Subject: Graphics Cards | October 22, 2016 - 06:49 PM | Scott Michaud
Tagged: nvidia, graphics drivers
Before it was released, employees of NVIDIA were claiming that it was difficult to get their drivers through Microsoft's WHQL certification. It is a busy time of year, with the holiday gaming and hardware rush in full swing, so there was likely a backlog until Microsoft could return the signed graphics driver. It also seems like GeForce 375.57 drivers could have used a little more time in NVIDIA's QA department.
At the GeForce Forums, users are complaining about a variety of issues. Ironically, there seems to be a bunch of them claiming that Battlefield 1 is crashing and otherwise being buggy. I haven't installed the game yet, so I cannot contribute my own experiences to it, one way or the other. I have seen some issues myself, though. For instance, I can confirm that tiles in the Windows 10 Start Menu lock up the entire panel if you attempt to move them. NVIDIA acknowledges a handful of issues with Windows 10 on their forums, and they plan a hotfix driver soon (which I'm guessing cannot be applied on PCs running Anniversary Edition clean installs that have secure boot enabled, because of Microsoft's kernel mode driver changes -- thankfully, I'm guessing that applies to very few people).
One issue that seems localized to me, though, is StarCraft II. Since I installed the driver (and granted I installed several things that night, like the CUDA SDK) it fails to launch about three-quarters of the time. Could be unrelated, but it should give you an idea about how broad the issues seem to be. Other users are complaining about GIFV corruption, for instance.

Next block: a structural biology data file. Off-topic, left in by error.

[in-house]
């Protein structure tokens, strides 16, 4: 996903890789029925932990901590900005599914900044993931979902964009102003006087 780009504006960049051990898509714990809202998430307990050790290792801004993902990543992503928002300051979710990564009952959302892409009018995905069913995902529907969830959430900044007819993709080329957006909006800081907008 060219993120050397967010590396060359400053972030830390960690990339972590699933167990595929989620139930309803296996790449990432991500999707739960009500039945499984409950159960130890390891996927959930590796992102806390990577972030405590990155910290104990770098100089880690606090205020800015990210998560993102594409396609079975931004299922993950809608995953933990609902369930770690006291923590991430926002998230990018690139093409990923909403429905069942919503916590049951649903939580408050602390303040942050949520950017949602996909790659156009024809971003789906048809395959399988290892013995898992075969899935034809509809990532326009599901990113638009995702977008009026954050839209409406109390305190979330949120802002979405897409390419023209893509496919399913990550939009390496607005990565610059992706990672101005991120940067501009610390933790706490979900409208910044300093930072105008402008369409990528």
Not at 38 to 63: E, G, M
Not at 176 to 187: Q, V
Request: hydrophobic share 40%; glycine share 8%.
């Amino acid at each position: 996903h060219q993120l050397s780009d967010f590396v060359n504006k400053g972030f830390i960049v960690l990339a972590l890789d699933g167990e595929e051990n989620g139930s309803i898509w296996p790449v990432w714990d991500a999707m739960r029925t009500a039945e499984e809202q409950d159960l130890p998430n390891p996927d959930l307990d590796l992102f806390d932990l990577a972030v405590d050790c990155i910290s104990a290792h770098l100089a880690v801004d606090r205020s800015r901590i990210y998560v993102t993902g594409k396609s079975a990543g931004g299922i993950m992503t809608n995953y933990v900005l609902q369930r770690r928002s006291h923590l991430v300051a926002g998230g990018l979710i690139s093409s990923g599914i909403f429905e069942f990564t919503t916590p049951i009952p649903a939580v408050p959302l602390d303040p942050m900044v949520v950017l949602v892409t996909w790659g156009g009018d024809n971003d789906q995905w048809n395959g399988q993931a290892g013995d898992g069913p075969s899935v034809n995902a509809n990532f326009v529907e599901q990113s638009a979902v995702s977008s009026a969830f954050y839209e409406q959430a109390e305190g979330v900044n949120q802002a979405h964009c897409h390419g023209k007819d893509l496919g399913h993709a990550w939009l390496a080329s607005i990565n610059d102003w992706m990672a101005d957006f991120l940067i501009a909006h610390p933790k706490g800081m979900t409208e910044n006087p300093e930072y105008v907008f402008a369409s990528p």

Best to roll back and wait for the next WHQL driver (unless hotfix users give glowing praise).
Subject: General Tech | October 21, 2016 - 01:01 PM | Jeremy Hellstrom
Tagged: apple, Intel, iPhone 7 Plus
You have likely heard rumours of some iPhone 7 Plus models having network connection issues and that Intel is being blamed. The good news is that only the UK models seem to have an Intel modem, most other markets are using a Qualcomm model which does not have the performance degradation. The issue seems to cause the signal quality of Intel based models to degrade significantly more quickly as network conditions degrade when compared to models which use the Qualcomm modem. So far The Inquirer has no news on an official statement by Apple or Intel; same as the lack of response about the storage performance on lower cost models.
"iPhone 7 Plus users in the UK will be affected by Apple's decision to source modems for the device from Intel. Only models sold in China, Japan and the US come with more tried and trusted modems made by Qualcomm."
Here is some more Tech News from around the web:
- Attack on Dyn DNS service knocked Twitter, Spotify and SoundCloud offline @ The Inquirer
- Microsoft kinda did OK this quarter – but whatever, Wall Street loves Satya Nadella @ The Register
- Globalfoundries China fab put on hold @ DigiTimes
- It’s official: Unionized video game voice actors are on strike @ Ars Technica
- Tesla Autopilot 2.0: the Next Generation of Autopilot Hardware Suite @ Hardware Secrets
- Personalizing Windows 10 Anniversary Edition @ Hardware Secrets
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